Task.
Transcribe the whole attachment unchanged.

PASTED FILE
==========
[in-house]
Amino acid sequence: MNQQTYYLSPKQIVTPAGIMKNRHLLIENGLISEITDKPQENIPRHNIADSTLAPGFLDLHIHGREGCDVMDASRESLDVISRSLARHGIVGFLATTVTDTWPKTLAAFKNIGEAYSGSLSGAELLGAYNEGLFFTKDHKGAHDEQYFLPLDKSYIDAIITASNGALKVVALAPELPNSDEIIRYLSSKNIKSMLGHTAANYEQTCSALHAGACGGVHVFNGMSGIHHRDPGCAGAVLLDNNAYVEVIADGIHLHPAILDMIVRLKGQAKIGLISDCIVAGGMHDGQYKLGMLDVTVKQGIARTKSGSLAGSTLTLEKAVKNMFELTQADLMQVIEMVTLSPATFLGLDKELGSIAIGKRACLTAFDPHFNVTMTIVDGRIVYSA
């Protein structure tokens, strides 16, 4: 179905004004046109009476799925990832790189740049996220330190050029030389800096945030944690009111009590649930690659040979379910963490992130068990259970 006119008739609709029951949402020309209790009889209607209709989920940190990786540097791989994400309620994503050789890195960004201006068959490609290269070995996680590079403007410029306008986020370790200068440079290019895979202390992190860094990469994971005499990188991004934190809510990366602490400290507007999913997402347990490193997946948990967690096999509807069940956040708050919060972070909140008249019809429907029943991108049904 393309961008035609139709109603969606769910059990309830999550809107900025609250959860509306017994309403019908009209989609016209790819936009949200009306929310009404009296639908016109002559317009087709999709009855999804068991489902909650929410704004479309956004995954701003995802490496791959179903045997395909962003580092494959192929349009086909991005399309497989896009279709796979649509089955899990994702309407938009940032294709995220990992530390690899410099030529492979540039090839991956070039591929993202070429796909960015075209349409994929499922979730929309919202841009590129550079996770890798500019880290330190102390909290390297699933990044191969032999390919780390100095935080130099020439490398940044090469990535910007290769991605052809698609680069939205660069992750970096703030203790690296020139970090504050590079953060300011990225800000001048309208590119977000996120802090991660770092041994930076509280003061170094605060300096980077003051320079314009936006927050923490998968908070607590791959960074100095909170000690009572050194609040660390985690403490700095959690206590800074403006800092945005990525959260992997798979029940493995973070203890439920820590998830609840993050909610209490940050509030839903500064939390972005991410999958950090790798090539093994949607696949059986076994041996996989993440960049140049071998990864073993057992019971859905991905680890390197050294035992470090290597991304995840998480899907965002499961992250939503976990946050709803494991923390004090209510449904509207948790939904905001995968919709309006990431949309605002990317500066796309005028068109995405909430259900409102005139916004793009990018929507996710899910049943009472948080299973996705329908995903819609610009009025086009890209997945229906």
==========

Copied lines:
[in-house]
Amino acid sequence: MNQQTYYLSPKQIVTPAGIMKNRHLLIENGLISEITDKPQENIPRHNIADSTLAPGFLDLHIHGREGCDVMDASRESLDVISRSLARHGIVGFLATTVTDTWPKTLAAFKNIGEAYSGSLSGAELLGAYNEGLFFTKDHKGAHDEQYFLPLDKSYIDAIITASNGALKVVALAPELPNSDEIIRYLSSKNIKSMLGHTAANYEQTCSALHAGACGGVHVFNGMSGIHHRDPGCAGAVLLDNNAYVEVIADGIHLHPAILDMIVRLKGQAKIGLISDCIVAGGMHDGQYKLGMLDVTVKQGIARTKSGSLAGSTLTLEKAVKNMFELTQADLMQVIEMVTLSPATFLGLDKELGSIAIGKRACLTAFDPHFNVTMTIVDGRIVYSA
């Protein structure tokens, strides 16, 4: 179905004004046109009476799925990832790189740049996220330190050029030389800096945030944690009111009590649930690659040979379910963490992130068990259970 006119008739609709029951949402020309209790009889209607209709989920940190990786540097791989994400309620994503050789890195960004201006068959490609290269070995996680590079403007410029306008986020370790200068440079290019895979202390992190860094990469994971005499990188991004934190809510990366602490400290507007999913997402347990490193997946948990967690096999509807069940956040708050919060972070909140008249019809429907029943991108049904 393309961008035609139709109603969606769910059990309830999550809107900025609250959860509306017994309403019908009209989609016209790819936009949200009306929310009404009296639908016109002559317009087709999709009855999804068991489902909650929410704004479309956004995954701003995802490496791959179903045997395909962003580092494959192929349009086909991005399309497989896009279709796979649509089955899990994702309407938009940032294709995220990992530390690899410099030529492979540039090839991956070039591929993202070429796909960015075209349409994929499922979730929309919202841009590129550079996770890798500019880290330190102390909290390297699933990044191969032999390919780390100095935080130099020439490398940044090469990535910007290769991605052809698609680069939205660069992750970096703030203790690296020139970090504050590079953060300011990225800000001048309208590119977000996120802090991660770092041994930076509280003061170094605060300096980077003051320079314009936006927050923490998968908070607590791959960074100095909170000690009572050194609040660390985690403490700095959690206590800074403006800092945005990525959260992997798979029940493995973070203890439920820590998830609840993050909610209490940050509030839903500064939390972005991410999958950090790798090539093994949607696949059986076994041996996989993440960049140049071998990864073993057992019971859905991905680890390197050294035992470090290597991304995840998480899907965002499961992250939503976990946050709803494991923390004090209510449904509207948790939904905001995968919709309006990431949309605002990317500066796309005028068109995405909430259900409102005139916004793009990018929507996710899910049943009472948080299973996705329908995903819609610009009025086009890209997945229906």